Human Truths And Emotional Connection

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David Rubin, Head of Audience and Brand at The New York Times (NYT), spends a lot of time thinking about human truths and emotional connections, not just at the NYT, but throughout his whole career.  David started his career in politics before commencing his marketing journey at Unilever, where he focused on “turning the mundane into magical”.  Leading a number of personal care brands into market leading positions, David says the key was to “focus on an authentic, differentiated story that connected with people more deeply” around what they want, what they need.

Take something as standard as deodorant. Not something you would typically walk around talking about, but David led the revolutionary brand Axe at Unilever, turning deodorant from something you hide in your closet to something you display on your counter and that created such a buzz that it even became a topic of discussion on Saturday Night Live.  How did he do it? “I'm a believer in looking outside your category for models because I feel like once you look inside your category, you're going to look like everyone else. We actually modeled a lot of the launch after the Blair Witch Project, which was a really innovative movie at the time. We looked at how they did their marketing. They made the whole thing feel real at the time.”  And David did it again with Hair Care at Unilever, by creating emotional connections around what the consumer needed and how he could help her, turning the business around into the largest hair care division in the United States.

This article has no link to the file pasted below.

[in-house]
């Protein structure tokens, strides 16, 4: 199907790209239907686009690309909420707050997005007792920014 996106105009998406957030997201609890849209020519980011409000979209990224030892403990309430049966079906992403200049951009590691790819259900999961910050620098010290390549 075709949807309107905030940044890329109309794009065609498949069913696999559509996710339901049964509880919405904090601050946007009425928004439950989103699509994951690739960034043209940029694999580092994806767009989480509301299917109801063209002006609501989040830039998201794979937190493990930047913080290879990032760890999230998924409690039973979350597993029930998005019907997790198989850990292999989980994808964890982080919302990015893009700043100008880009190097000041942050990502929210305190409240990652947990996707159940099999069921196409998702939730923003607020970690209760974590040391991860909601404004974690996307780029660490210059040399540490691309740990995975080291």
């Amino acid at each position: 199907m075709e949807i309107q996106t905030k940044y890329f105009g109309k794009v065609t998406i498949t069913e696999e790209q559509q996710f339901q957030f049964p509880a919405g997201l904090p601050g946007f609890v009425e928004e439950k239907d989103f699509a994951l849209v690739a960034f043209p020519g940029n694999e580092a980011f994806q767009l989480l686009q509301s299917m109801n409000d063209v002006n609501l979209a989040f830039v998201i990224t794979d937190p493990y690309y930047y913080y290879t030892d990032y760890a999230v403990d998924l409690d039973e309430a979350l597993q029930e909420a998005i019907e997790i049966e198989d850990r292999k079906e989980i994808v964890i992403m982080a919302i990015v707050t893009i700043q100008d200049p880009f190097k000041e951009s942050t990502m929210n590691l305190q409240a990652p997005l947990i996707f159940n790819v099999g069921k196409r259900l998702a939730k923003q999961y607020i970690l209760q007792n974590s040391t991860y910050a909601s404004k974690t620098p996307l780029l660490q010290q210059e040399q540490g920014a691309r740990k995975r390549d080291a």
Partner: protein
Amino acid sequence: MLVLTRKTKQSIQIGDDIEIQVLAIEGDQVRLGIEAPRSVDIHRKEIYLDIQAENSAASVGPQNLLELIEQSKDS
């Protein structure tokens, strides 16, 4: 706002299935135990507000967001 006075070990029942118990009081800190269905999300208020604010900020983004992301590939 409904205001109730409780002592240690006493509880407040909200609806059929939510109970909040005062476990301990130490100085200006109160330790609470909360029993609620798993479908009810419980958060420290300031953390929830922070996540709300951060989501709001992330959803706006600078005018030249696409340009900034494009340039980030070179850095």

From Unilever, David took on Pinterest as Head of Brand.  A direct-to-consumer, high-growth start-up where he further developed his digital and product marketing chops.  Combined with the experience of Unilever, this set him up perfectly to take on his role as Head of Audience and Brand at The New York Times which has become a consumer-driven, digital business. With 120 million plus people reading the NYT every month and only 3.7 million paying subscribers, the question isn’t if consumers enjoy the NYT, but do they feel it is worth paying for over and above what they can get for free?

David’s challenge, along with his counterpart, Head of Consumer Revenue, is to help people recognize that quality journalism is worth paying for, especially with the preponderance of fake news. His team, Audience and Brand, is responsible for the messaging and the long-term relationships. The Consumer Revenue team is responsible for short-term growth. The combination of the two make for healthy tension and collaboration to ensure the both the short and long-term objectives are being met as they communicate the value proposition of their journalism.

With so many eyeballs (and ears, as NYT also has a successful podcast called The Daily with over a million downloads a day), there is no shortage of pressure.  As David says “when we make a mistake the whole world is kind enough to let us know and that's just as true in the marketing as it is on the journalism. So that pressure can make you not want to innovate and move quickly, but you just can't. You have to move fast and don't be afraid to break stuff.

Join us in this fascinating conversation about breaking the rules and how to pull inspiration from outside your purview to make real advances. And find out who is inspiring David now at the NYT as he thinks about creating those emotional and human connections.  Hint…it all comes back to my very first podcast.

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